One of the most anticipated events of fall is the changing colors of tree leaves. As the evenings get cooler, the trees display spectacular warm red, orange and yellow hues. The East Coast’s fall colors are SO spectacular, in fact, that many people take special trips here just to see them. But what is it about fall that makes the leaves change, and why do their colors become warmer as the days grow cold?
Are these colors really just a fall thing?
You might think that the orange and yellow colors, or pigments, are only present in leaves in fall but they’re actually there all year long–we just can’t see them because they are covered up by the strong green pigment that is also in the leaves. This green pigment comes from chlorophyll, a substance that makes energy for trees using sunlight, carbon dioxide, and water. When the amount of sunlight starts to decrease in fall, trees respond by making less chlorophyll. When this happens the green starts to disappear and the yellow and orange pigment, called carotenoid, shows through.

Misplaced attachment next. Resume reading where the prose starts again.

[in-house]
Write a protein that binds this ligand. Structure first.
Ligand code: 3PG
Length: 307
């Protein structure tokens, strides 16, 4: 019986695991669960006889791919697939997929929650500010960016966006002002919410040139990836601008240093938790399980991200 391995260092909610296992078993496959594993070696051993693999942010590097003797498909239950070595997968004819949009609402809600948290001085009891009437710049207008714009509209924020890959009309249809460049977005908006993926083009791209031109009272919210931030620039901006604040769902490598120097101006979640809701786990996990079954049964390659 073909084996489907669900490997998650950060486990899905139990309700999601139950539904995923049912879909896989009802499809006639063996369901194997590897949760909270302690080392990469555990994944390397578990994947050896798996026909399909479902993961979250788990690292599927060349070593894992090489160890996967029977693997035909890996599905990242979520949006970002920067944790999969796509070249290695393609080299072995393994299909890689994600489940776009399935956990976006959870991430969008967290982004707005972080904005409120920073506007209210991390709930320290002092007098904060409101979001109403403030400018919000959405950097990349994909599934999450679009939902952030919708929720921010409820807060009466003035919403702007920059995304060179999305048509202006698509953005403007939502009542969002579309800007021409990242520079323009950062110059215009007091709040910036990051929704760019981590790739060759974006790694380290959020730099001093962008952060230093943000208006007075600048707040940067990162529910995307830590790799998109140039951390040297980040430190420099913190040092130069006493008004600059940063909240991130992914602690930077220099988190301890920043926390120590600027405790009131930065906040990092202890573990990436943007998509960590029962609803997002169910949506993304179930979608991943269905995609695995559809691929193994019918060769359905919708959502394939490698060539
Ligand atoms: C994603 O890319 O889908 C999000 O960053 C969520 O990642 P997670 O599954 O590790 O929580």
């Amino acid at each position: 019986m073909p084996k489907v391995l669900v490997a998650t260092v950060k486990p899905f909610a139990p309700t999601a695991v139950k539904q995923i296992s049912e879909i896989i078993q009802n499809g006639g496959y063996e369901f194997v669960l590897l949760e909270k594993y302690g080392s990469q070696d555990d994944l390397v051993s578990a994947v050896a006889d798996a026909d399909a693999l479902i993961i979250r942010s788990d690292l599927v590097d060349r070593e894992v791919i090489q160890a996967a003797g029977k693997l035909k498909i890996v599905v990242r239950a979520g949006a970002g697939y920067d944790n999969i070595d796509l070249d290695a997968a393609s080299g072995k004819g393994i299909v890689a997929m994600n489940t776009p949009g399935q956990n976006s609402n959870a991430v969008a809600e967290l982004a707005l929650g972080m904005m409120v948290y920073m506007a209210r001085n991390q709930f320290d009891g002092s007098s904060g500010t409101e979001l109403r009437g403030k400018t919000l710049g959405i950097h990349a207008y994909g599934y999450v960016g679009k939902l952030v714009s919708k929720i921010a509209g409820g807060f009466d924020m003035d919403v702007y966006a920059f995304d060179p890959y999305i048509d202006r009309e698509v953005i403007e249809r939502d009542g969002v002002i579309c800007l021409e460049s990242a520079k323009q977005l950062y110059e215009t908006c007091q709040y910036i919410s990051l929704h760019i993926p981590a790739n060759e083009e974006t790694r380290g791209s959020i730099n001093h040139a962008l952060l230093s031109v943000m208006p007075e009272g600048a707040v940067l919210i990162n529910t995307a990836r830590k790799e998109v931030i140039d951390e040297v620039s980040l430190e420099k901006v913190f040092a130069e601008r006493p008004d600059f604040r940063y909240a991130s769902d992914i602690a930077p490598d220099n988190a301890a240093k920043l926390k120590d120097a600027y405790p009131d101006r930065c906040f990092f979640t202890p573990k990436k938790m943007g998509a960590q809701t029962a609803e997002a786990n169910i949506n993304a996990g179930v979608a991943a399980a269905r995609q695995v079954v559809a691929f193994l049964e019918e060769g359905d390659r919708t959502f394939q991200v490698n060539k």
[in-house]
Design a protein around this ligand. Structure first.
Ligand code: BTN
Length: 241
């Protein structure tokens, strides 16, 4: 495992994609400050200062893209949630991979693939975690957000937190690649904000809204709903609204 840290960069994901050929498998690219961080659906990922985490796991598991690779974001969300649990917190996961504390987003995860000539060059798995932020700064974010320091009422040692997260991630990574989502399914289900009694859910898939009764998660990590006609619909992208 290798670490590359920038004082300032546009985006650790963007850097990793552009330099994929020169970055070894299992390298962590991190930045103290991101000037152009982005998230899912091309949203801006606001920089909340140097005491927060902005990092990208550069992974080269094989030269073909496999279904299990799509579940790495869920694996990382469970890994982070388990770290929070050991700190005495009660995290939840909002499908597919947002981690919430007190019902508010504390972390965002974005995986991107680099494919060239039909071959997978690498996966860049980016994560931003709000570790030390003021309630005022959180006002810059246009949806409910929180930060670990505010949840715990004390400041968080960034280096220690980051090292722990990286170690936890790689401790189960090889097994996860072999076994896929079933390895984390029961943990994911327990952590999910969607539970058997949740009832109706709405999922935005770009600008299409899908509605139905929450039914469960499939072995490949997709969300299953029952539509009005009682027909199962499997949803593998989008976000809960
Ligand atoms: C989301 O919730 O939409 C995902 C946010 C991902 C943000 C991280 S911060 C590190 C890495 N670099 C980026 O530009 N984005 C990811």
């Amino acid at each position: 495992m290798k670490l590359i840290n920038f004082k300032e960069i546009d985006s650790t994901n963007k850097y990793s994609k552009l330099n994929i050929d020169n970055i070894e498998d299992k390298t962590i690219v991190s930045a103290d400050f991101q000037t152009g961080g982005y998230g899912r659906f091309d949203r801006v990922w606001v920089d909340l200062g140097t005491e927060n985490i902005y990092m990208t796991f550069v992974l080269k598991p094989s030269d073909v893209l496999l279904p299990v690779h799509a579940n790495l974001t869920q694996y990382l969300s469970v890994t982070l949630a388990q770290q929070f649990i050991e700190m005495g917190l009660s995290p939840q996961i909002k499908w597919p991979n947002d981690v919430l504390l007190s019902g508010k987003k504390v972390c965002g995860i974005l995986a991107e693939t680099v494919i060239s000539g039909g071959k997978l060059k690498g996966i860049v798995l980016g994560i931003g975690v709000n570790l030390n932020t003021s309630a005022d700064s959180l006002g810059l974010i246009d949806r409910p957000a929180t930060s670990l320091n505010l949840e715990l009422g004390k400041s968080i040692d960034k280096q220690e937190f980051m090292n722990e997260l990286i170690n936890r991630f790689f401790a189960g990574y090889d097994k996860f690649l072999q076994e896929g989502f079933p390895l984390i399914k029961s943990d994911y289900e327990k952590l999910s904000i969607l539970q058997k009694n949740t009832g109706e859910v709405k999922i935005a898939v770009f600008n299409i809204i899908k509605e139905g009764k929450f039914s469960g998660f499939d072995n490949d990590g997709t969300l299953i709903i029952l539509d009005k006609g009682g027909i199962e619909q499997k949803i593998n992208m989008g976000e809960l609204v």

Red is a seasonal special
While yellow and orange are present in leaves all year round, there is another pigment that is only produced in the fall. Anthocyanin is a pigment responsible for giving leaves dark red and purple colors. This pigment is created during times in the fall when the days are warm or cool, but don’t dip below freezing. Because fall temperatures can vary from year to year, some years will have more deep red leaves than others.
Did you know?
Evergreen trees like pines, spruces, and firs stay green year-round because they have needles instead of leaves. These needles have a waxy coating that protects them from losing moisture and don’t require as much sunlight to produce the chlorophyll.
Get Outside and Find Fall Color!
Peak color for fall foliage hits Southwestern Pennsylvania in mid-October. Track historic trends of color change to plan your outdoor excursion!
Powdermill Nature Reserve is a great place to look for fall color!